Our consciousness is deeply tied to our sensations. Sight, touch, smell, taste, and hearing are the cornerstones of our understanding of the world around us. These senses are our blurry windows into reality, providing us with an imperfect but rich understanding of our environment. How would these senses translate at the atomic scale? In truth, they wouldn’t. At such a minute scale, the concepts of sight, touch, and the other senses as we understand them become irrelevant.
At the atomic level, interactions are governed directly by the four fundamental forces of nature. There’s no hearing because sound requires a medium (like air or water) to carry pressure waves. There’s no touch in the way we feel it since atoms never truly “touch” each other. There’s nothing to see because light can only resolve distances comparable to its wavelength. It would not “see” atoms as we like to visualize them in diagrams, for example. Taste and smell, which are based on chemical reactions and the interaction of molecules with receptors in our body, also don’t have parallels at the atomic level.
So, if a conscious entity were to exist at the atomic scale, its “experience” would be radically different from anything we can imagine, dominated by a world of direct interactions with fundamental forces mediated by quantum probabilities. This brings us back to the perplexing question: What would it be like? As with Nagel’s bats and Seth’s octopuses, it’s a question that might not have an answer. We can extrapolate, hypothesize, and philosophize, but the actual experience would be so alien and distinct from our human consciousness that it would fail to answer the real question.
What Is The Question?
All of these games are ultimately meant to help us understand quantum physics. In some sense, they have.
Imagine a flatworm, a creature that is often found in the dark. In fact, if you put one in a petri dish that is partially illuminated, you will likely find it on the shady side regardless of where it started. While we can make predictions about where we will find them and under what conditions, we always seem to crave a clear causal mechanism — the “why” behind their actions. Say we hypothesize that flatworms might move faster and with more direction changes when exposed to light. This would “explain” why it is usually found in the dark. If we were to conduct an experiment and confirm this, it would offer a clear rationale for their behavior in the previous experiments. But notice the seemingly innocuous assumption here: that the results of separate experiments are directly related in a neat, causal fashion. In essence, we’re drawing a line between separate dots, hoping they’ll form a clear picture.
Our map of the world is built upon countless such assumptions and connections. This intricate network forms the bedrock of our understanding of the world, lending coherence and predictability to our experiences. We, as humans, possess an innate drive to detect patterns, make associations, and predict outcomes — it’s a survival trait honed over millennia. This desire for clarity, for neatly drawn lines connecting the dots, is so deeply embedded that it’s often taken for granted. Yet, it’s a pivotal cornerstone in constructing our perception of reality. It shapes our thoughts, influences our decisions, and, to a large extent, defines our relationship with the world around us. It is the scaffold upon which we frame our reality and the lens through which we interpret it.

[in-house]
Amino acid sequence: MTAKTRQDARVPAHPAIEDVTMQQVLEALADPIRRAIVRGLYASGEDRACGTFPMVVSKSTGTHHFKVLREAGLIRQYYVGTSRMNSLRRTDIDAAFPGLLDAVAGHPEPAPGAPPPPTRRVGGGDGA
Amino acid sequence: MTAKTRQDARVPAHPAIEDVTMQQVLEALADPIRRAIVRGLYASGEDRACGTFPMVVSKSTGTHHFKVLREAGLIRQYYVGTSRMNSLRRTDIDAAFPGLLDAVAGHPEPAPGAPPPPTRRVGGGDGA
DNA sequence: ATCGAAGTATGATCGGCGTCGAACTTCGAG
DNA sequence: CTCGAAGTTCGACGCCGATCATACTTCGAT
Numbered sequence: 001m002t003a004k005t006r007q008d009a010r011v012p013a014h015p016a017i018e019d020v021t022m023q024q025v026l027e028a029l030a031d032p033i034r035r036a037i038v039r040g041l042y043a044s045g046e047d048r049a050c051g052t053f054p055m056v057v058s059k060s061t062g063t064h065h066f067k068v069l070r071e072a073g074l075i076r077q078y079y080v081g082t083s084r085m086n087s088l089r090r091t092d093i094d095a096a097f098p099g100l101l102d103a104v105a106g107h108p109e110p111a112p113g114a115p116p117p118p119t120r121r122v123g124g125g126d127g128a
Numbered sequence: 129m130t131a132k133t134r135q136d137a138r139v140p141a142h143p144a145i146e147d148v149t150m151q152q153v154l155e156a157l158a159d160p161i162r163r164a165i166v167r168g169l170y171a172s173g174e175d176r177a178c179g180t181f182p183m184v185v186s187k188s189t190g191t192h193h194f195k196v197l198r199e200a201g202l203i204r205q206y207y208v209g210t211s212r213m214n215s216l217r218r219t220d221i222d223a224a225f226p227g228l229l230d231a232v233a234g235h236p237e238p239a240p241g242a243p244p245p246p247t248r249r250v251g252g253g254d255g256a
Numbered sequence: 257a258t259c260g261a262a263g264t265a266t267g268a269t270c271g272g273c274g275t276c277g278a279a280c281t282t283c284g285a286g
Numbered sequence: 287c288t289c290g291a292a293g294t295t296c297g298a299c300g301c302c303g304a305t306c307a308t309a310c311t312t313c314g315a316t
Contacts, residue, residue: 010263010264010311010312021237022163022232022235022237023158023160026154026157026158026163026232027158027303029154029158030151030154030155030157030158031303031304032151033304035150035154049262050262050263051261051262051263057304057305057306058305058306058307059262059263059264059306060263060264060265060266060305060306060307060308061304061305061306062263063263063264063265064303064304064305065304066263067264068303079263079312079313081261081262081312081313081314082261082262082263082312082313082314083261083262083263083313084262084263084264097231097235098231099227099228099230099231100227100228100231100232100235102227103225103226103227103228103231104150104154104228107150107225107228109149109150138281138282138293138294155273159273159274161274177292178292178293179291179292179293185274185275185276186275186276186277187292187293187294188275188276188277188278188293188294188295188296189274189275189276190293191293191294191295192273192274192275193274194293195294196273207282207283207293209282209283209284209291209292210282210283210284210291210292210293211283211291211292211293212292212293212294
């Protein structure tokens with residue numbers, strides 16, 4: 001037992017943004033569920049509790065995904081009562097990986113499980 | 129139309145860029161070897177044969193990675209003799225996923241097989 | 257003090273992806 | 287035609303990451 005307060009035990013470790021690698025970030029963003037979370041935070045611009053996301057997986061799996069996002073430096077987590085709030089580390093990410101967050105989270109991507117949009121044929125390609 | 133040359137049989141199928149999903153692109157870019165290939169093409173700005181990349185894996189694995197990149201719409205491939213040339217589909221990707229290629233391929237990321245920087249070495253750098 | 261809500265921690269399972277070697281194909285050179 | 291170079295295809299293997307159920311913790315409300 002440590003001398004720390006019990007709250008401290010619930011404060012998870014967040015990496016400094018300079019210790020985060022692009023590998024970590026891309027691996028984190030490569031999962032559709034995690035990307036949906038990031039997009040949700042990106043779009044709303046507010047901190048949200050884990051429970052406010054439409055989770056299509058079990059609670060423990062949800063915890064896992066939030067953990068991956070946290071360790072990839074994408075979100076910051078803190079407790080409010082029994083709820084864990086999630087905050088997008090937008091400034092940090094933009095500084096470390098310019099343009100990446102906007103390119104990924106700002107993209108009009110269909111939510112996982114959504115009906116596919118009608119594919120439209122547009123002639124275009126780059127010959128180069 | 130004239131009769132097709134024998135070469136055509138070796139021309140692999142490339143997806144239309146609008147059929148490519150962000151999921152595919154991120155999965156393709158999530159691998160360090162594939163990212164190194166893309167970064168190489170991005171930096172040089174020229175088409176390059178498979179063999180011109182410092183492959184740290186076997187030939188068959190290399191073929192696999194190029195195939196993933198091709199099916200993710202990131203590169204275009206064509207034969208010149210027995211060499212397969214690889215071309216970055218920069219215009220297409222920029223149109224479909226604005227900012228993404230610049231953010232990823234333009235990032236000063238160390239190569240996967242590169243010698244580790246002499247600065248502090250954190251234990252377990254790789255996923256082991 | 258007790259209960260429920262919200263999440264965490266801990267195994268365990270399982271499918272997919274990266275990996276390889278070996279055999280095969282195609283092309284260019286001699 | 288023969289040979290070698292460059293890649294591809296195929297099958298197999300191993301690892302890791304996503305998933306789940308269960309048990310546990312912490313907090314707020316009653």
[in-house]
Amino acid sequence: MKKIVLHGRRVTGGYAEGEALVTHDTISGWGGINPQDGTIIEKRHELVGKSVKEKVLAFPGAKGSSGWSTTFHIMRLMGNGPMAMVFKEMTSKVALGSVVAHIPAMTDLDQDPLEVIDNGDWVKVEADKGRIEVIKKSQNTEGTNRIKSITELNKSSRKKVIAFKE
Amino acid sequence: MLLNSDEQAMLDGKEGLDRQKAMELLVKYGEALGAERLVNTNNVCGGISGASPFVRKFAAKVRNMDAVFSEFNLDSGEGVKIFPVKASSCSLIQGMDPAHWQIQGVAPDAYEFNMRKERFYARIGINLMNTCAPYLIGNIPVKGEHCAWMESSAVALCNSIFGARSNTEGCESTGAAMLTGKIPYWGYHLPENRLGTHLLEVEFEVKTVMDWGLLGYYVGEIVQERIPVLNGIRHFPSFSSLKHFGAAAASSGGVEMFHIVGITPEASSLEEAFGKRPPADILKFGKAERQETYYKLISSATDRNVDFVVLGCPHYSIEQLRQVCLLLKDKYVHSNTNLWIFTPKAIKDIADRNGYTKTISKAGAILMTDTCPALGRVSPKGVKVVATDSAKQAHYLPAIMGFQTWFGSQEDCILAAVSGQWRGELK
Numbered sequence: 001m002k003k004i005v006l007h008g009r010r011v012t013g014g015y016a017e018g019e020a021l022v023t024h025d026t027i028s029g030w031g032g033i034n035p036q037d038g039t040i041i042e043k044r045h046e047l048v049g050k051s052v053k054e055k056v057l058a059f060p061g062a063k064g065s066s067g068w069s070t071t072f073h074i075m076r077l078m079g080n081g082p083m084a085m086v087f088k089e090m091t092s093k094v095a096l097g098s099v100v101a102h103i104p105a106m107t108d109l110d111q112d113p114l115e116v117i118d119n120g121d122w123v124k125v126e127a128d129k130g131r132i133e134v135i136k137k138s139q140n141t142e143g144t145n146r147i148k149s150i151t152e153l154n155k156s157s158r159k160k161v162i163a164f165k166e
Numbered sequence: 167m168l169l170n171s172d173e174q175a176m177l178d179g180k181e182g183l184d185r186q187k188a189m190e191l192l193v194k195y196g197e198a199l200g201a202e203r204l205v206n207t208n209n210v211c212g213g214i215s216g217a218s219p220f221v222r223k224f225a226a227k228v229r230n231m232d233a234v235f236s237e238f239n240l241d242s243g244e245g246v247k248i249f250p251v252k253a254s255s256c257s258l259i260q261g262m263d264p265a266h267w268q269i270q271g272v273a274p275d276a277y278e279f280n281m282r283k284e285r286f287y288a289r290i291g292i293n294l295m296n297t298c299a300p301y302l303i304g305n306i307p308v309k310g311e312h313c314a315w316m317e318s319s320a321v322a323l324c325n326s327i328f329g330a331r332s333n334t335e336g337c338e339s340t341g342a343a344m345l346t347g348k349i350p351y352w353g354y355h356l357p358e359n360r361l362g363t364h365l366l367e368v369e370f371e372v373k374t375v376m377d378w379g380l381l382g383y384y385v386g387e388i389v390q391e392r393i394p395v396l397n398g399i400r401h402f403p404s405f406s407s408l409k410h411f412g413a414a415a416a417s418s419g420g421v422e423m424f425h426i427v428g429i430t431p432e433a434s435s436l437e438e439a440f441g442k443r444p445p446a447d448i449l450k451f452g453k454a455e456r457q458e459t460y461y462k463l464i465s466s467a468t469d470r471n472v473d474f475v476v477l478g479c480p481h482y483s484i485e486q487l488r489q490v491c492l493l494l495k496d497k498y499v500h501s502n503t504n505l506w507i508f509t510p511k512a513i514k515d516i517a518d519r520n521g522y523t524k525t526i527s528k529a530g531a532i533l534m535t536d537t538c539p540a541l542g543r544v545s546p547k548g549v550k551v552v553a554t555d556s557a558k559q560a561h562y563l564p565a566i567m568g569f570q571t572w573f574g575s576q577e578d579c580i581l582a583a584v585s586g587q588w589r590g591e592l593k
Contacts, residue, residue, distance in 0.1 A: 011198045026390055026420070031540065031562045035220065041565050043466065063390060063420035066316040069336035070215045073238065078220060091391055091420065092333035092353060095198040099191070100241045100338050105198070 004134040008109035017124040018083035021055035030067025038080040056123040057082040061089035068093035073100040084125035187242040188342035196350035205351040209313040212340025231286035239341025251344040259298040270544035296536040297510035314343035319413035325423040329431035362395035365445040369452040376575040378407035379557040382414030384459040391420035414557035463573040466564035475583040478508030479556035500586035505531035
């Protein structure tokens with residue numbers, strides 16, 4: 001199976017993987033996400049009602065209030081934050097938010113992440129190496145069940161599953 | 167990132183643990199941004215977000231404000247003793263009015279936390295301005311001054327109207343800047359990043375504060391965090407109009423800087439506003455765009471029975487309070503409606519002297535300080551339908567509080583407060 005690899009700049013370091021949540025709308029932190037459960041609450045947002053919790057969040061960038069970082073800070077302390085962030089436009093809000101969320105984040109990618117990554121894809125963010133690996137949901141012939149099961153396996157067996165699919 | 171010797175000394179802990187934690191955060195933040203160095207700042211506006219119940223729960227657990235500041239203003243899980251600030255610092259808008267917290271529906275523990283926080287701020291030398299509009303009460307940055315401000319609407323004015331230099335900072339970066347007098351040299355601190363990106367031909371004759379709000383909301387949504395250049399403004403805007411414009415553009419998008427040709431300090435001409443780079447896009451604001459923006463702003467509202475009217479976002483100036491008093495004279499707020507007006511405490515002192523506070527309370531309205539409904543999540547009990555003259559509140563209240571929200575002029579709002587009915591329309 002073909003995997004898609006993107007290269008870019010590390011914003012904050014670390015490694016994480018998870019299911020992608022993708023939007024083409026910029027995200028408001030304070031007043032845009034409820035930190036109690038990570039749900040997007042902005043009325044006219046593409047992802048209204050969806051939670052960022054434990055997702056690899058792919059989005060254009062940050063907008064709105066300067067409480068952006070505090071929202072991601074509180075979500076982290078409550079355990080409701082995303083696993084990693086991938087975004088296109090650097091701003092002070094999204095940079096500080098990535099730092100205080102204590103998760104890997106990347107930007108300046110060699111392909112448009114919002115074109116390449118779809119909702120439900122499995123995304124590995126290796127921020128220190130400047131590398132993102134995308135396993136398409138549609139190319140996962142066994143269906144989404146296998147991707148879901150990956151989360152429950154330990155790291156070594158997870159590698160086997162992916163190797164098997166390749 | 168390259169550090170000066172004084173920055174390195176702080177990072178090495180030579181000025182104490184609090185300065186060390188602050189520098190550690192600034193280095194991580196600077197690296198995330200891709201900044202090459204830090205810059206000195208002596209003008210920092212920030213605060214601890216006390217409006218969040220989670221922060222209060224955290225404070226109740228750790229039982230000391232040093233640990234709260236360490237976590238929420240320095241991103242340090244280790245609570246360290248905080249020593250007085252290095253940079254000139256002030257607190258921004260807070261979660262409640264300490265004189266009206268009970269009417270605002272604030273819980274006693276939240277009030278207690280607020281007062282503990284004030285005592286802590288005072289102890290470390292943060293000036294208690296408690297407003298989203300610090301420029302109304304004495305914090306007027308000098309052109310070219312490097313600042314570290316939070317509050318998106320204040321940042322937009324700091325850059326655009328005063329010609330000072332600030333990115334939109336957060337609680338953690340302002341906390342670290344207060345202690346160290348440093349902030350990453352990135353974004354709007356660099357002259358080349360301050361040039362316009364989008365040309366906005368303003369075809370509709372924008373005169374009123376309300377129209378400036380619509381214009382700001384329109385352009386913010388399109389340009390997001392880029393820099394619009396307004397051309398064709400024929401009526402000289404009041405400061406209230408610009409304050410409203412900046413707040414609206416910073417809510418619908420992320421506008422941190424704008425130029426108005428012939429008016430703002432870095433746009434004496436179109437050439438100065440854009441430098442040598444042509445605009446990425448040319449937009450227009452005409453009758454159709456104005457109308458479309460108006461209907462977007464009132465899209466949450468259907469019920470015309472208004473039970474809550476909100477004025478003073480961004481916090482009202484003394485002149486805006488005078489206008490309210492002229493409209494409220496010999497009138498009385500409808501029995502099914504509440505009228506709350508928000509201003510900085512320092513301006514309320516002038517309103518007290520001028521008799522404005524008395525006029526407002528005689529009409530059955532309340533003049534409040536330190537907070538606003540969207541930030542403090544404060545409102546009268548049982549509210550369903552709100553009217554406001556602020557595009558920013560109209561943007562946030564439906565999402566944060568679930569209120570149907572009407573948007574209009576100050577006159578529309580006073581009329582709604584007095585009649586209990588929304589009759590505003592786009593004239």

Quantum physics, however, throws a wrench into this elegant machinery. The outcomes we witness and the interpretations we derive are directly influenced by the questions we pose and the design of our experiments. There is no causal machinery behind what is observed at the atomic scale. Indeed, the very concepts we wish to consider are contextualized by the questions we ask, and these need not be related to the answers to alternative questions. The dots cannot be connected, and the network that defines our experience of reality dissolves. Quantum physics defies our innate drive for a stable, unified representation of reality. The quantum world, as we’d like to define it, doesn’t truly exist in any fixed sense. If you attempted to create a map of it, each new piece of information would not so much add to the map as it would erase or alter other parts of it. Instead of a world that you can visit and discover, it is an inaccessible realm. Nevertheless, it is a place where you can ask questions — a nebulous place where the answers are only defined once the questions are asked.
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Dr. Chris Ferrie